Shelf Awareness for Wednesday, January 24, 2007

Aladdin Paperbacks: The Islanders by Mary Alice Monroe and Angela May

Tordotcom: The Chosen and the Beautiful by Nghi Vo

Little, Brown Books for Young Readers: Just Pretend by Tori Sharp

Mandala Publishing: Big Panda and Tiny Dragon by James Norbury and Insight Editions

Simon & Schuster Fall Preview: Join us for a virtual panel featuring your favorite authors and their editors!

Tor Books: When the Sparrow Falls by Neil Sharpson

Liveright Publishing Corporation: Mrs. March by Virginia Feito

Zest Books: When Dogs Heal: Powerful Stories of People Living with HIV and the Dogs That Saved Them by Jesse Freidin, Robert Garofalo, Zach Stafford, and Christina Garofalo


Notes: PGW; E-Textbooks; Little House Makeover

Radio Free PGW's take on the Perseus offer to PGW publishers makes for bleak reading. The fear among smaller PGW publishers is that the fine print of the offer, written in stunning legalese, indicates that in effect, Perseus may be able to pay smaller publishers less than 70 cents on the dollar and that publishers signing up with Perseus will have to do so for at least four years and in some cases as many as six years.


In a detailed story, the Miami Herald tries to answer its headline question "Why aren't e-textbooks selling?" Among the reasons, the Herald found: "lack of knowledge, poor marketing and few choices." Other hurdles: the lack of a good reader and a variety of file formats.

MBS Direct's Universal Textbook Program (Shelf Awareness, May 23, 2006) now offers some 1,300 titles from 10 publishers, but that represents just 1% of the 125,000 textbooks in print. At many bookstores, students have to go online to buy e-textbooks. MBS is working on a program to allow students to purchase an e-textbook in-store and then download it to their computers later via the Internet. This would help students with financial aid who must spend money for textbooks in the campus bookstore.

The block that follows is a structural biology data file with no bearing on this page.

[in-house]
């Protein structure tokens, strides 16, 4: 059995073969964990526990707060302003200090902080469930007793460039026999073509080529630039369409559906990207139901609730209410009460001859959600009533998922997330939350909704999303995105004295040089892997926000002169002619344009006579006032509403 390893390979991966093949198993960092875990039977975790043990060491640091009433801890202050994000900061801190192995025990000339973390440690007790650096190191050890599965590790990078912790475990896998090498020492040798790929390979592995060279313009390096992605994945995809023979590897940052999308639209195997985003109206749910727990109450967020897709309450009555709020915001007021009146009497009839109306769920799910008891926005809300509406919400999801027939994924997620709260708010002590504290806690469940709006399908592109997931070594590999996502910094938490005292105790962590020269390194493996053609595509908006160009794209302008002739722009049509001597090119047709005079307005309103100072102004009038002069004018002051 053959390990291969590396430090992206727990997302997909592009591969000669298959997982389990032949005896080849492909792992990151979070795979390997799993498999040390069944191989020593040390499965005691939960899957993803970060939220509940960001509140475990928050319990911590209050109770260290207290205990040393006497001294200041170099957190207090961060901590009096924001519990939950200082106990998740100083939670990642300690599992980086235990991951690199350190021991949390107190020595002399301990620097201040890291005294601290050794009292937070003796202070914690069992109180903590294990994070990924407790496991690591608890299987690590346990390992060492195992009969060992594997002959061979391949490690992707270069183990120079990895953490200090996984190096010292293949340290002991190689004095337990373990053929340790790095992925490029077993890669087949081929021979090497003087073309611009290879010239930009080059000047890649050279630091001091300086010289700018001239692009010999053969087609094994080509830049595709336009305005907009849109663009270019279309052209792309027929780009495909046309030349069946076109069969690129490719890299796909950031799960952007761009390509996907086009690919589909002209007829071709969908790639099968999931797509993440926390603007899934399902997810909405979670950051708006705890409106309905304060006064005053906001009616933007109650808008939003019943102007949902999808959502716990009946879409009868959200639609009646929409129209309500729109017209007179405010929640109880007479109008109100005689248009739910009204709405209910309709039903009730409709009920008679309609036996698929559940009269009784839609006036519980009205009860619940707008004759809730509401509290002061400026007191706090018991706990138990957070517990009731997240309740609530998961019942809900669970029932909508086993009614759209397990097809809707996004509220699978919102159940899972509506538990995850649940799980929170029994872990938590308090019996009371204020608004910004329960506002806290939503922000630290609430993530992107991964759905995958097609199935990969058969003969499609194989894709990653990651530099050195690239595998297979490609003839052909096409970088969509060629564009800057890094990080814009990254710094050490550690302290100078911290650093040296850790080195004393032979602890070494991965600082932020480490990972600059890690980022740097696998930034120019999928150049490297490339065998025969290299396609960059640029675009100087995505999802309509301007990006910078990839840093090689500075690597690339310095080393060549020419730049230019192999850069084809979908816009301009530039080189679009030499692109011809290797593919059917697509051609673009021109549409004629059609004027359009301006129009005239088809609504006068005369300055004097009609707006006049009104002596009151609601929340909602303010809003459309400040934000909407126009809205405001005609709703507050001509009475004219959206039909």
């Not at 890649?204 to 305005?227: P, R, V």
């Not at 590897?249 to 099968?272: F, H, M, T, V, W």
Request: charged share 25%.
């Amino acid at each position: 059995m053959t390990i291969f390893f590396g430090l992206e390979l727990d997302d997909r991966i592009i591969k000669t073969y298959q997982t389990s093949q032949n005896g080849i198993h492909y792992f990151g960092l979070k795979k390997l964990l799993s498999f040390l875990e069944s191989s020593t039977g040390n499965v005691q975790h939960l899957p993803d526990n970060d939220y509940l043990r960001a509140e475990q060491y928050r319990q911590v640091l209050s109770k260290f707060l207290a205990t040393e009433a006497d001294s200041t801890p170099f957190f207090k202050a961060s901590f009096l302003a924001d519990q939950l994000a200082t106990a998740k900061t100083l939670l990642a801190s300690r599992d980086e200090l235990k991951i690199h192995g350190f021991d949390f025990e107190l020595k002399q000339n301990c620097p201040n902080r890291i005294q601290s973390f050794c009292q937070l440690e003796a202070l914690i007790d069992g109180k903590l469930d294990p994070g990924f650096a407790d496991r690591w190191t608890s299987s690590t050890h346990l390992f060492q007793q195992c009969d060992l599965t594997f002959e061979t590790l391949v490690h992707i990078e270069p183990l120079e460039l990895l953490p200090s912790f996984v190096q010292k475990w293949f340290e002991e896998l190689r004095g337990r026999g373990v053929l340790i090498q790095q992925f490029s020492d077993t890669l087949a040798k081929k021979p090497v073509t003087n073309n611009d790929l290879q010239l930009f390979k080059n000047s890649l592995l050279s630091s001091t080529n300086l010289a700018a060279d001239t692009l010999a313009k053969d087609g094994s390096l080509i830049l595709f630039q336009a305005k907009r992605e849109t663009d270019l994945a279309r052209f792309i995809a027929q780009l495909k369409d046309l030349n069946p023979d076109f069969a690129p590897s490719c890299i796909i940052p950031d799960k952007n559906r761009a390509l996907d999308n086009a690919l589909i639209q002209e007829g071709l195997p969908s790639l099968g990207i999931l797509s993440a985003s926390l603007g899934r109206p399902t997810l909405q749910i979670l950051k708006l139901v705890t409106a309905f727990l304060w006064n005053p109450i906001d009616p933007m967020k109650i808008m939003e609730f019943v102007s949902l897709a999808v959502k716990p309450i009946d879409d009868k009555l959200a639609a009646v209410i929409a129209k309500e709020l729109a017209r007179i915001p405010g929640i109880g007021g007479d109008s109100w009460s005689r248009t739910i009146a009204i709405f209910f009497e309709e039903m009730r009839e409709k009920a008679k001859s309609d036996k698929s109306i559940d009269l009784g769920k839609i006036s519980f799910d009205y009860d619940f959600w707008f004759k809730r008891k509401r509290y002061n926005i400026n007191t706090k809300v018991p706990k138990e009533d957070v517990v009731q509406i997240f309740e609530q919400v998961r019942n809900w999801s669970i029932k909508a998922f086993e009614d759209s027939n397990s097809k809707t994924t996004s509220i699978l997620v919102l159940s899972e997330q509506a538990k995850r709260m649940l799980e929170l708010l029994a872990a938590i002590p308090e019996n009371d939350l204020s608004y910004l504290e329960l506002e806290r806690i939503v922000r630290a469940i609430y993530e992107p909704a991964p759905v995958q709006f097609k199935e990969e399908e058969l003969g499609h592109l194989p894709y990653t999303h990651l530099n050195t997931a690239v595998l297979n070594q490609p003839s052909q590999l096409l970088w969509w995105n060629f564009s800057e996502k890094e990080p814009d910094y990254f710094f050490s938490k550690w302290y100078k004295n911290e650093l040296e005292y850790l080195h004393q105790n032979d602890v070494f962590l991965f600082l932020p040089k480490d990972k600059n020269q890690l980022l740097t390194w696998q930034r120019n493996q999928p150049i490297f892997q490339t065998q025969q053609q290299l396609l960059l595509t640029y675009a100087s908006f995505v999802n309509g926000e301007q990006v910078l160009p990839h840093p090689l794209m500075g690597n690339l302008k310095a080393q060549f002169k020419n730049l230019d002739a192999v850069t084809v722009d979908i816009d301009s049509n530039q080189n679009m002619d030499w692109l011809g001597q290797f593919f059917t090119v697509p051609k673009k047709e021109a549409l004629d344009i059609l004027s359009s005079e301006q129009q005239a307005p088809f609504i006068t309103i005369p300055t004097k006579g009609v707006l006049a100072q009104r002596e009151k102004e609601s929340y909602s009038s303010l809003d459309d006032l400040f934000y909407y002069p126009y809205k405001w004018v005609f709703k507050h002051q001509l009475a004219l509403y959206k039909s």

Despite the slow growth--only 2% of B&N College store textbook sales are of e-textbooks--the consensus is that, as usual, digital texts are the wave of the future.


On the 75th anniversary of the Little House books, the series by Laura Ingalls Wilder is getting a makeover, Newsweek reported. It's not an Extreme Makeover, but the first eight stories now feature photos of models as Laura instead of the Garth Williams illustrations. (The Williams illustrations were inaugurated in 1953 and replaced the original Helen Sewell work.) A new tagline reads: "Little House, Big Adventure."

These aren't the first children's classics to get a makeover. One of our favorite former colleagues, Diane Roback, children's books editor at Publishers Weekly, explained to Newsweek: "Purists are often upset. But this is also a way for publishers . . . to beef up sales. The book jackets we as adults are accustomed to seeing, and love from our childhood, may look musty and dusty to today's kids."